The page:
Happy gardening.



Lovely squash..they are now outdoors

Spinach bed covered with row cover

Thursday, May 5, 2016

Short growing season..challenge accepted

Sometimes I complain. Like when it is May and windy and a bit like spring outside. After five long winter months, I am waiting for summer. I am waiting for warm days and cool nights and a temperature where all that I have planted outside can thrive without costly protective measures.

Just 56 degrees
As humans, we want to control things. When we cannot, we hope for things to get better. We call it optimism. It doesn't help but only keeps your hopes high and makes you feel good about future.

As a gardener, seeing your plants grow well in the care of earth is like seeing your own child in a happy place. I love to watch plants dance when a gentle breeze brushes them. That's how they learn to adapt with the weather outside. However, the windy and not-so-warm weather in this part of the world is, in my opinion, not ideal for growing food year-round. A lot of protection and measures have to be taken by a farmer or gardener in order to protect plants from wind damage or untimely rains. Such measures might not be a great deal in a small garden but one wishes it would be better if things were simpler. Big commercial farmers, hence, put huge investments in greenhouses to protect tender plants from weather extremes. Not the most natural way of growing food but protects your investment in a farm. For a small farmer or home gardener, the costs can easily add up when you put money in purchasing things to protect rows of plants. These can include row covers, mulches, small hoophouses etc. It is, after all, the weather than makes a plant grow. A little too harsh and the plant may die. Even for cold hardy vegetables like the ones from brassica family, some degree of protection is needed when plants are in early stages of growth. The seedlings of such crops may tolerate cold but harsh weather is a different game. Young seedlings planted outside most often need a degree of protection from weather extremes. I learnt this when I saw the leaves of onion sets planted outside drooping after weeks of strong winds and rains. I applied a row cover over them today fearing they won't survive this weather for long. I planted the onions, cabbage and lettuce outside a few weeks back hoping they now need more sun and water than what I can provide them inside. Tired with the task of moving the seed trays in and out of hoophouse every other day (there were frost advisories in April), I decided to direct seed spinach, cilantro and fenugreek outside.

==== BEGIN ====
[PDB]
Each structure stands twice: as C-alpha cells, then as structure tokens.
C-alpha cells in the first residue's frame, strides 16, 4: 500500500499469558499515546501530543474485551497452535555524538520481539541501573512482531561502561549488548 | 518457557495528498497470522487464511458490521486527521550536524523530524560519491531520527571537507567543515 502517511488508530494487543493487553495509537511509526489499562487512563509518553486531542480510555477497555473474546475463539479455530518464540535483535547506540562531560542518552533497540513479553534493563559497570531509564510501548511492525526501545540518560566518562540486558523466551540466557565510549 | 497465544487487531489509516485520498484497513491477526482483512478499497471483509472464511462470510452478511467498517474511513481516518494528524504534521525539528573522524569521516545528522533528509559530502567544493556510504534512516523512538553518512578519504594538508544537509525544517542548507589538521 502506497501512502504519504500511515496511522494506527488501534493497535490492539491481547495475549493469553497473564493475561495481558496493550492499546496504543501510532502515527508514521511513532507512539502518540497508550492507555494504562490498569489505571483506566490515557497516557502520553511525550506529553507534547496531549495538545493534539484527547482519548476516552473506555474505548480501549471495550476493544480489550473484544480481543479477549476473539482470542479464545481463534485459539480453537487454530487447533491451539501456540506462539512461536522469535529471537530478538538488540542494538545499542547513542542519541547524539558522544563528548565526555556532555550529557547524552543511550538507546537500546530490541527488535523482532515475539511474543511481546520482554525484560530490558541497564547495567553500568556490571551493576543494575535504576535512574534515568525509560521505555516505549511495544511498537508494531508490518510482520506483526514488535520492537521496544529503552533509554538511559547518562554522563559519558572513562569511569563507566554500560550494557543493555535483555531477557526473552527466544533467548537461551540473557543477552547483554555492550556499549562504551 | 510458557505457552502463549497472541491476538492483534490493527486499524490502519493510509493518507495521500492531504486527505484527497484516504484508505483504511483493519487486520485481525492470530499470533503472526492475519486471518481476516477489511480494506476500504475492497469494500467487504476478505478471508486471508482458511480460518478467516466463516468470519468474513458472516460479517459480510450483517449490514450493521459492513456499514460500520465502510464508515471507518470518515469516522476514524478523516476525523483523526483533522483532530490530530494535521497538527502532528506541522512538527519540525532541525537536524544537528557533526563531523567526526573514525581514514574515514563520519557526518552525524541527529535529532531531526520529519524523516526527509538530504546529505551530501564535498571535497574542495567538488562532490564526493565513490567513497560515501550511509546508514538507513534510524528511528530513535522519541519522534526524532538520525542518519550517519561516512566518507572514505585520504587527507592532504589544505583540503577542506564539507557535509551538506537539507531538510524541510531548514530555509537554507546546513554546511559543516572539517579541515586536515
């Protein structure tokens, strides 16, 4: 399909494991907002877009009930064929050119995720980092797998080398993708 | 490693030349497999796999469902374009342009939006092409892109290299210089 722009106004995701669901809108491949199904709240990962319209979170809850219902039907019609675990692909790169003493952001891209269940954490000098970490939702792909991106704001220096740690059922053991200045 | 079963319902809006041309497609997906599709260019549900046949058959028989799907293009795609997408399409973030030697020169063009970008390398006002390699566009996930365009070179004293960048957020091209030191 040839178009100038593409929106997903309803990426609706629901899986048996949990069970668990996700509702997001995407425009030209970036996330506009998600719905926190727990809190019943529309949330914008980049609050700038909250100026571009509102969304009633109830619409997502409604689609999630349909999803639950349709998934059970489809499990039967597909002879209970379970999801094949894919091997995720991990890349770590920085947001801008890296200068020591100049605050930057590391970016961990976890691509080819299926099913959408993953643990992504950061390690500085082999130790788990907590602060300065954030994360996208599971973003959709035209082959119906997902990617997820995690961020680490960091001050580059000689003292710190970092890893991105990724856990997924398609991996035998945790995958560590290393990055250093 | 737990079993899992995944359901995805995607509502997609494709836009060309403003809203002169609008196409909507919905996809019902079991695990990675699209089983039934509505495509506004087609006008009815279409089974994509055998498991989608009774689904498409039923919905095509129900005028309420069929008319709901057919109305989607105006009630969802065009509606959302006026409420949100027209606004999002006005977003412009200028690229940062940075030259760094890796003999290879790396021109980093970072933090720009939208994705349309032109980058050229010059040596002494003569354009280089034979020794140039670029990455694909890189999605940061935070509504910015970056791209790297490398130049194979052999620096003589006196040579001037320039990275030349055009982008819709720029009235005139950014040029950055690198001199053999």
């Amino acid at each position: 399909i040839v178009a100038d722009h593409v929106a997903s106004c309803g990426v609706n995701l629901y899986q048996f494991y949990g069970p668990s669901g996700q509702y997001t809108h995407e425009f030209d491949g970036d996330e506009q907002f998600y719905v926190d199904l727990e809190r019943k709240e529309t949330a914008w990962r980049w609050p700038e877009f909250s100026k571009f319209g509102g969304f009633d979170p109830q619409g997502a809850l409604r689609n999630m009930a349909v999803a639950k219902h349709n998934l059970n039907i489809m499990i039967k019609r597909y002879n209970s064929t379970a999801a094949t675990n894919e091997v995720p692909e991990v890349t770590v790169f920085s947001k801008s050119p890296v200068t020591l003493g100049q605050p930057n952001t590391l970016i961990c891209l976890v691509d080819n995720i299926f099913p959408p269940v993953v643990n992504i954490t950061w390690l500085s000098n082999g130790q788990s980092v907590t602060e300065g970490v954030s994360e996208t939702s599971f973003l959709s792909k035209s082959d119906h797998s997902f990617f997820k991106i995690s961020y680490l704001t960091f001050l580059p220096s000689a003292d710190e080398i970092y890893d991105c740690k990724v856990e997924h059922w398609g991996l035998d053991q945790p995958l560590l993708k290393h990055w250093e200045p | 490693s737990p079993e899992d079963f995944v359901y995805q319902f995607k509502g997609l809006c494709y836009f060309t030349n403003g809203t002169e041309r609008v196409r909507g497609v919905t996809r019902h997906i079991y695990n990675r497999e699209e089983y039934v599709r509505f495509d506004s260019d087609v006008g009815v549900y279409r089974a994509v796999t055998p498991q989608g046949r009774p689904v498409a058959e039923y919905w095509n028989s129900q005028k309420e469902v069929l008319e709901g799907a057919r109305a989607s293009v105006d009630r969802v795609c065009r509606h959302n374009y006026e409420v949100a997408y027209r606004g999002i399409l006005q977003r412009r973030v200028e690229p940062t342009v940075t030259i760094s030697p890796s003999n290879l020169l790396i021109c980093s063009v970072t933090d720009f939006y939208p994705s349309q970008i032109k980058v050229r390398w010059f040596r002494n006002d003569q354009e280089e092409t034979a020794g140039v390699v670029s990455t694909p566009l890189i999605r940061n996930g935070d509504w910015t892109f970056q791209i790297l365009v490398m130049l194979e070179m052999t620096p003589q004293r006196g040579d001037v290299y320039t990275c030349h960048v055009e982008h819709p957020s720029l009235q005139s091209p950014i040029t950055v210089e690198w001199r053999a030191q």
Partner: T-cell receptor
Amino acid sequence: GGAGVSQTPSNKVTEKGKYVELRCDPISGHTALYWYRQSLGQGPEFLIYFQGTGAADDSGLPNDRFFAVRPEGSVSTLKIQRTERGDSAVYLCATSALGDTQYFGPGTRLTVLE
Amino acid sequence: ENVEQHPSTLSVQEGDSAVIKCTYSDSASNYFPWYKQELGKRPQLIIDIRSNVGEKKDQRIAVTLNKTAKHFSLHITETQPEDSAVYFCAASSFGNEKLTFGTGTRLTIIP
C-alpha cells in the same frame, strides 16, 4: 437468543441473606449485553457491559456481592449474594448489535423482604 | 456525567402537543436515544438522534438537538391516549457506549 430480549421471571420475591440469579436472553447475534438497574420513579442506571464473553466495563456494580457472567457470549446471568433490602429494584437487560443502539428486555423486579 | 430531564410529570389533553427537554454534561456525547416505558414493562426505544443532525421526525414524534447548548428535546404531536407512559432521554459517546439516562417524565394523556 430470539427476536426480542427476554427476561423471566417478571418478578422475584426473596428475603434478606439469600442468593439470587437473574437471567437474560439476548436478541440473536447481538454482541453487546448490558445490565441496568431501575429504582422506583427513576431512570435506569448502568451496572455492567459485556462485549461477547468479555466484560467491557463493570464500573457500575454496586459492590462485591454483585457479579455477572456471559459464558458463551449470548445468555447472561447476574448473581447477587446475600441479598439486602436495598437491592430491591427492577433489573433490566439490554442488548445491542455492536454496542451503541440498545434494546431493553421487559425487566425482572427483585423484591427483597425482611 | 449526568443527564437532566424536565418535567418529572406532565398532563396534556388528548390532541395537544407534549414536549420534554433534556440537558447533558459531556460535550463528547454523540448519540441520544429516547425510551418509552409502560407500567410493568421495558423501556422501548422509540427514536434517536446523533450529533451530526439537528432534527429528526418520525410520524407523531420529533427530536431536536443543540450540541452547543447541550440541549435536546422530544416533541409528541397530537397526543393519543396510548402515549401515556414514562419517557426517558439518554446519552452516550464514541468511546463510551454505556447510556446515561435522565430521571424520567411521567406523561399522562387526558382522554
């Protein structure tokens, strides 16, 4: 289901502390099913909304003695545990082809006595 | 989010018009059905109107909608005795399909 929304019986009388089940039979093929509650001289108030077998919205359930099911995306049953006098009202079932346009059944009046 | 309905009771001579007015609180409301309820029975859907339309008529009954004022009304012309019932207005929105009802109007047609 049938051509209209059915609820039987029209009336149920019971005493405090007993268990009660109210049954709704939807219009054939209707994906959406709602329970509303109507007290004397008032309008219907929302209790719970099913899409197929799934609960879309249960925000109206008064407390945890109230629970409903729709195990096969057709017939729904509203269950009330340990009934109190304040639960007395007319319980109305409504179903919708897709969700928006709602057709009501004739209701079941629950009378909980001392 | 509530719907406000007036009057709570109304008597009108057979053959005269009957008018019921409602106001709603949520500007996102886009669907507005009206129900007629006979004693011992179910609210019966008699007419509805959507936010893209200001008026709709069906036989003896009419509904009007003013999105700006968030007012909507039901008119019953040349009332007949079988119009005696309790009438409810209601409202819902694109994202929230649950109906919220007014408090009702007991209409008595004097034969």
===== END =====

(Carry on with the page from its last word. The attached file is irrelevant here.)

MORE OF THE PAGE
• Spinach: it didn't germinate well when direct seeded. It was either attacked by pests, seedlings died of winds or seeds didn't germinate at all. Birds also stole some seeds off the ground.